If a relative of yours passes away and leaves you something in their will, however you think that person did not have the legal capacity to make a will in the first place– that you do not believe that the deceased understood who their household and good friends were and what he or she had in general in assets which he or she knew that the document that was being signed was their will– then don’t accept the bequest in that will, if you are planning to contest it.

If that will was stated by the court as not being valid, you may be included in another will at a larger share or you might be the sole heir of the deceased who has no prior will. Maybe, the deceased informed you that he or she was leaving a larger share to you. For any of these reasons, you may determine that you will contest the will.
Of course, we are not promoting that people contest their relative’s wills, but there are times where a caretaker may be noted in the last will of the deceased, at a time when the relative knows that the deceased did not understand who they were, what year it was, or where they were. In that situation, it may be appropriate to file a will contest.

If you choose that you wish to submit a will object to, it is very important that you decline a bequest made in the will that you are objecting to. If you choose to accept such bequest and then defend your additional share, the court might determine that you elected to take the bequest under the will and your case will be dismissed. This is known in legal parlance as the teaching of “election” in which the recipient can not at the same time accept benefits provided by a will while setting up claims contrary to the document itself. For example, a decedent left her estate to her making it through kid and left only a small total up to the kids of another departed child. Those grandchildren accepted their bequest and then submitted fit to challenge the validity of the will. The will contest was dismissed, due to the election of the grandchildren in accepting the gift.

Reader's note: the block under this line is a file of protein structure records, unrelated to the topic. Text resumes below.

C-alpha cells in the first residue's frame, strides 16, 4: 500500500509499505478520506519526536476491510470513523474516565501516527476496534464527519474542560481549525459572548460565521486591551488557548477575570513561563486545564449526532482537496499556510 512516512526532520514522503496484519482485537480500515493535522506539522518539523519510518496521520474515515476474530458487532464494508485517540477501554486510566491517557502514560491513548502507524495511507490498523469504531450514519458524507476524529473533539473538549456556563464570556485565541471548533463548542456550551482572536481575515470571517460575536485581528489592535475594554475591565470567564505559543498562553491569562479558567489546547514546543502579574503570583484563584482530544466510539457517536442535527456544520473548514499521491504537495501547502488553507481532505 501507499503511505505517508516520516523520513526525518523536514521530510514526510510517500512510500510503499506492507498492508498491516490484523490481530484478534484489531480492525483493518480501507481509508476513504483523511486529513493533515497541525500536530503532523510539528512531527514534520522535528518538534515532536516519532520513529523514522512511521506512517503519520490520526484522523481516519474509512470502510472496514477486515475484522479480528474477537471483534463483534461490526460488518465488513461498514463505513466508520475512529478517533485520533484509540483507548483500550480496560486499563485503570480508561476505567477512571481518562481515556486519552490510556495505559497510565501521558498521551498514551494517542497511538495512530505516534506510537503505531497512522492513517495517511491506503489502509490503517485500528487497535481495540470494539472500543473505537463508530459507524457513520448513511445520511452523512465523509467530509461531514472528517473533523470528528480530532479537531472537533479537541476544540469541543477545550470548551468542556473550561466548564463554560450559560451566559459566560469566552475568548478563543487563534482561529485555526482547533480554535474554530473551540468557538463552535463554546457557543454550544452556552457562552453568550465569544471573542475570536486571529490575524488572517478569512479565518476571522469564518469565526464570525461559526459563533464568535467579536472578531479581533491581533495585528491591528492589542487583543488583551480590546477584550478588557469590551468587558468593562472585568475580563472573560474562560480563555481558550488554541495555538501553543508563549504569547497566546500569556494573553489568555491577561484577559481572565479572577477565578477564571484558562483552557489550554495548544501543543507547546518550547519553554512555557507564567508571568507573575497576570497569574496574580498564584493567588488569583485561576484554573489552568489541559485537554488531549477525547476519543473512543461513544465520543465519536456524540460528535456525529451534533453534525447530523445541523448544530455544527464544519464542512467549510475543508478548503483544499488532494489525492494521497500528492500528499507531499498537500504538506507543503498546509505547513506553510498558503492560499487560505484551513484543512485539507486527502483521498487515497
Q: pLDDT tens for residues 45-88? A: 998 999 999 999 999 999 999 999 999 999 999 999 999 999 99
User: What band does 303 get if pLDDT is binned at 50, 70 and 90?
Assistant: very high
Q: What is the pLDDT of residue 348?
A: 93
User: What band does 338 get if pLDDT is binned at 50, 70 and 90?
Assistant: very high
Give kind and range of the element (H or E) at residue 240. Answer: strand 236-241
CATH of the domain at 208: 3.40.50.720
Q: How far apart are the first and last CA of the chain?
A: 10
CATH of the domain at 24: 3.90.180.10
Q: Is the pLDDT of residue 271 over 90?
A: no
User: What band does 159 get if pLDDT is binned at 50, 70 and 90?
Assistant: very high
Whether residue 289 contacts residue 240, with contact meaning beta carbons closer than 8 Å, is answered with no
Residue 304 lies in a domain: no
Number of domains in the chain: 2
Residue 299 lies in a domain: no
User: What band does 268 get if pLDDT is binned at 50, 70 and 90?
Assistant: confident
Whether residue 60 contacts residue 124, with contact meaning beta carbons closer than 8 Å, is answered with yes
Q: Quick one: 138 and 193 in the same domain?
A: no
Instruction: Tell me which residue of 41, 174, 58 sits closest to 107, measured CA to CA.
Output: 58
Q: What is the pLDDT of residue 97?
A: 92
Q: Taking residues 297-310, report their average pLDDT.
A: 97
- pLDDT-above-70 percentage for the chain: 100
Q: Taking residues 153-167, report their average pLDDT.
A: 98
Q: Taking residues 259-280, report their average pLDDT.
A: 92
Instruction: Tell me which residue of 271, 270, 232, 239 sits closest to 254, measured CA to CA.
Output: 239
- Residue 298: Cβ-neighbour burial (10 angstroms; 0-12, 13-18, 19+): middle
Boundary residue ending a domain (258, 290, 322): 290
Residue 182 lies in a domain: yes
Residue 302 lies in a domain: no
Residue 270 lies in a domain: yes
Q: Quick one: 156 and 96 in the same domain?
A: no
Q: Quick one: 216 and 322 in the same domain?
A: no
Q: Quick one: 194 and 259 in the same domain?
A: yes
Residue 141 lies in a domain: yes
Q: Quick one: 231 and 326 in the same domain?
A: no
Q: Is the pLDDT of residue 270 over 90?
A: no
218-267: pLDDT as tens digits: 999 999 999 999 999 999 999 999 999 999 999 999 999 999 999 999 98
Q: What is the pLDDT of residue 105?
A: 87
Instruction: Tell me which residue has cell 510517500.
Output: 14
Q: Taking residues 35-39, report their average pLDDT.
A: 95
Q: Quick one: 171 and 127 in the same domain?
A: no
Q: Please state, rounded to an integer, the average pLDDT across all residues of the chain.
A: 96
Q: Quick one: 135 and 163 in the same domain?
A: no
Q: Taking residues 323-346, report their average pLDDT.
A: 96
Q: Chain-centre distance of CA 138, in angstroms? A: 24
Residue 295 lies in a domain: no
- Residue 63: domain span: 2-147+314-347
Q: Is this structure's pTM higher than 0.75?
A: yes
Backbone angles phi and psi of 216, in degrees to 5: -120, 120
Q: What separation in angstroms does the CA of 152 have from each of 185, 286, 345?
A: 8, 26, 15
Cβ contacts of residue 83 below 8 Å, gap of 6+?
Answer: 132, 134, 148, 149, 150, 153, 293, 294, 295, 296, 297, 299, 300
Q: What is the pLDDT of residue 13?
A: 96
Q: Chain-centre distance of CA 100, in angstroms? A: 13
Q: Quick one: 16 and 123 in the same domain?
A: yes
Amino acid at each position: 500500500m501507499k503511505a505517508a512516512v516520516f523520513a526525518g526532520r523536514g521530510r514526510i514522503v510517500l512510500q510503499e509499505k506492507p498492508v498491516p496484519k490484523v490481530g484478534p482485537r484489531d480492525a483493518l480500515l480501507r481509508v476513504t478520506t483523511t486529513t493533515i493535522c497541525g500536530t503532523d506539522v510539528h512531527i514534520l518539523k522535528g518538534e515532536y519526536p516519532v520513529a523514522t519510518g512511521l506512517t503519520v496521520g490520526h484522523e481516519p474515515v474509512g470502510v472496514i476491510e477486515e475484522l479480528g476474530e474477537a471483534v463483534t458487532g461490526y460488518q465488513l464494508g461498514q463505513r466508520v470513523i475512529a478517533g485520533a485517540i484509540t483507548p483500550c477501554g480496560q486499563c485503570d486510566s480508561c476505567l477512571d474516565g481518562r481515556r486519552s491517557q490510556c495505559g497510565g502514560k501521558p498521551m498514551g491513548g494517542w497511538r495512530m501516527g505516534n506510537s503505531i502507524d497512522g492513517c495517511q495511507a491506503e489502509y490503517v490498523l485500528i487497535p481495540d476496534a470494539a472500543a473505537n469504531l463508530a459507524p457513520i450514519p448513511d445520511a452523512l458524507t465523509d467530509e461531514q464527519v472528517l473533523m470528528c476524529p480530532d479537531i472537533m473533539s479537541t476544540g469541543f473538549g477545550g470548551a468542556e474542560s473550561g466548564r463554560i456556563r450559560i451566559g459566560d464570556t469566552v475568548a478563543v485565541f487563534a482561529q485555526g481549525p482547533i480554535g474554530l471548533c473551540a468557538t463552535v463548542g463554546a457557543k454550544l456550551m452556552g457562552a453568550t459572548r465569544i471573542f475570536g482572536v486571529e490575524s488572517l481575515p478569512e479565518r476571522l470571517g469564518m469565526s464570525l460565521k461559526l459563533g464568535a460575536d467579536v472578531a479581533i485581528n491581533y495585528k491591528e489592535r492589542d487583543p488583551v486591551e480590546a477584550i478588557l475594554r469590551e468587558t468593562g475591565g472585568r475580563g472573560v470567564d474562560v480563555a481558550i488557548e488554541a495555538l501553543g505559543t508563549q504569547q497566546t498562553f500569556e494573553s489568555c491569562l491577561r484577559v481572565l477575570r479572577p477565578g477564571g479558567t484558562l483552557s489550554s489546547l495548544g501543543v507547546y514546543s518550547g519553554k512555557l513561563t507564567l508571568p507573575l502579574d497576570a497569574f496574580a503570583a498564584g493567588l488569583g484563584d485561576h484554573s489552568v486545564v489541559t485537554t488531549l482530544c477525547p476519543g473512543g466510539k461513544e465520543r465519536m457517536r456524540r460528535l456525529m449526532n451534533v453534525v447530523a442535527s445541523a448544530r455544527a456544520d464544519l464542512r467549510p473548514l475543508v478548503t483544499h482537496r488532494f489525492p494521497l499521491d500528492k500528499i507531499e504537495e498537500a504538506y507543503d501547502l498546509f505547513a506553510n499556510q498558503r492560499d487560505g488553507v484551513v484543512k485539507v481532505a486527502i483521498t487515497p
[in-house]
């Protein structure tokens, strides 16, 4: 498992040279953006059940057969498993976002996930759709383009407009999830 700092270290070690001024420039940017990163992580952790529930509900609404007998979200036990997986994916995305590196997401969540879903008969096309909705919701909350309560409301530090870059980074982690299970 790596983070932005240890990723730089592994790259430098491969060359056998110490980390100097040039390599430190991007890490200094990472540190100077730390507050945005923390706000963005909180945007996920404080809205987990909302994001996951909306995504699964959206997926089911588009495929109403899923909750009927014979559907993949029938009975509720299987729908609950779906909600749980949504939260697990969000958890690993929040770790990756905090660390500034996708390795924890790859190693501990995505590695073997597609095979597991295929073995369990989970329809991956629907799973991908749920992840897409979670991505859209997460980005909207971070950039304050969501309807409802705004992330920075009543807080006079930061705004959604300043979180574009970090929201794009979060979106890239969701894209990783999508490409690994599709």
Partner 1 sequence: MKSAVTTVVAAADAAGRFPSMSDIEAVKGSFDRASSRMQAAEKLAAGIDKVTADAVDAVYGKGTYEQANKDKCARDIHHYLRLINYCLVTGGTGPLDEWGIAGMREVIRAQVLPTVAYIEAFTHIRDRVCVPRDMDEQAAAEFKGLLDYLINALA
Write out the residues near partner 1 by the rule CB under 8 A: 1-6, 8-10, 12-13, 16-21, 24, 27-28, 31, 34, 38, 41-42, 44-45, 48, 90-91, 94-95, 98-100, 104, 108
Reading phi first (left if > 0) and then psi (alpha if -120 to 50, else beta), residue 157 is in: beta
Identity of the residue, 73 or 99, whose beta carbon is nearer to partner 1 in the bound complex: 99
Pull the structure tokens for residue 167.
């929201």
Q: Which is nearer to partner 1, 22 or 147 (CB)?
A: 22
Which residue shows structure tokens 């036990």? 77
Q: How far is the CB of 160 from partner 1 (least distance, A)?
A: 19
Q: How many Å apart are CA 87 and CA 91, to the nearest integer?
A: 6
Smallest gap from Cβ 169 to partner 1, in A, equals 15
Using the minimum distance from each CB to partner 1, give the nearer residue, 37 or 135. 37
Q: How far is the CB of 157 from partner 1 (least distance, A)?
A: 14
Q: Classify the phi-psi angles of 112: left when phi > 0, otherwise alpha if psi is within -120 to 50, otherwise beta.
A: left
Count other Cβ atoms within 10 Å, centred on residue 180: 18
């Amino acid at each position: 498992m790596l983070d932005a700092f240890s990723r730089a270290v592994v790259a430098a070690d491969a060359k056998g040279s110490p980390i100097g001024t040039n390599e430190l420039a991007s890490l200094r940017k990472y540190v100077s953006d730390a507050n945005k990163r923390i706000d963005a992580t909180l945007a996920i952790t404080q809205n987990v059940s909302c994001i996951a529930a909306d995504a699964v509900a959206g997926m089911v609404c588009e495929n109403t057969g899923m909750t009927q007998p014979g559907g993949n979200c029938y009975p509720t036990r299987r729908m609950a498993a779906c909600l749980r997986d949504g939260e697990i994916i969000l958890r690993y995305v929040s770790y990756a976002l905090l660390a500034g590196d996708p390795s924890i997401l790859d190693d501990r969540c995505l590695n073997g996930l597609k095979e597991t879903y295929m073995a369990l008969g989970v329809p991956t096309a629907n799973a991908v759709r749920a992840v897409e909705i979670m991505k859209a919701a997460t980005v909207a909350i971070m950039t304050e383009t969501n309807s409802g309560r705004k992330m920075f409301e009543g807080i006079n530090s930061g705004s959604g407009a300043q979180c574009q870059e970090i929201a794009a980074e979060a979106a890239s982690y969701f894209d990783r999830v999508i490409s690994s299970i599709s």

In another case, the enduring partner of the decedent can remain in the household house as long as she wished. As she had a prenuptial contract, this was her only benefit. She submitted a will contest, declaring that her hubby did not have the legal capability to make the will and that the prenuptial contract was not legitimate due to the lack of disclosure. The enduring partner remained in the house during the pendency of the will object to. As an outcome, the court dismissed her suit, mentioning that she elected to take the advantages under the will.

The amount of the bequest, even if it is personal effects, is not pertinent. If you accept the bequest, you have actually elected to take under the will and will be precluded from maintaining your will contest lawsuit, despite the fact that a prior will supplied you with a substantial legacy. No Illinois courts have applied this doctrine to trusts, there is every indicator that the courts would do so.
The bottom line is if you mean to file a will object to, decline the bequest.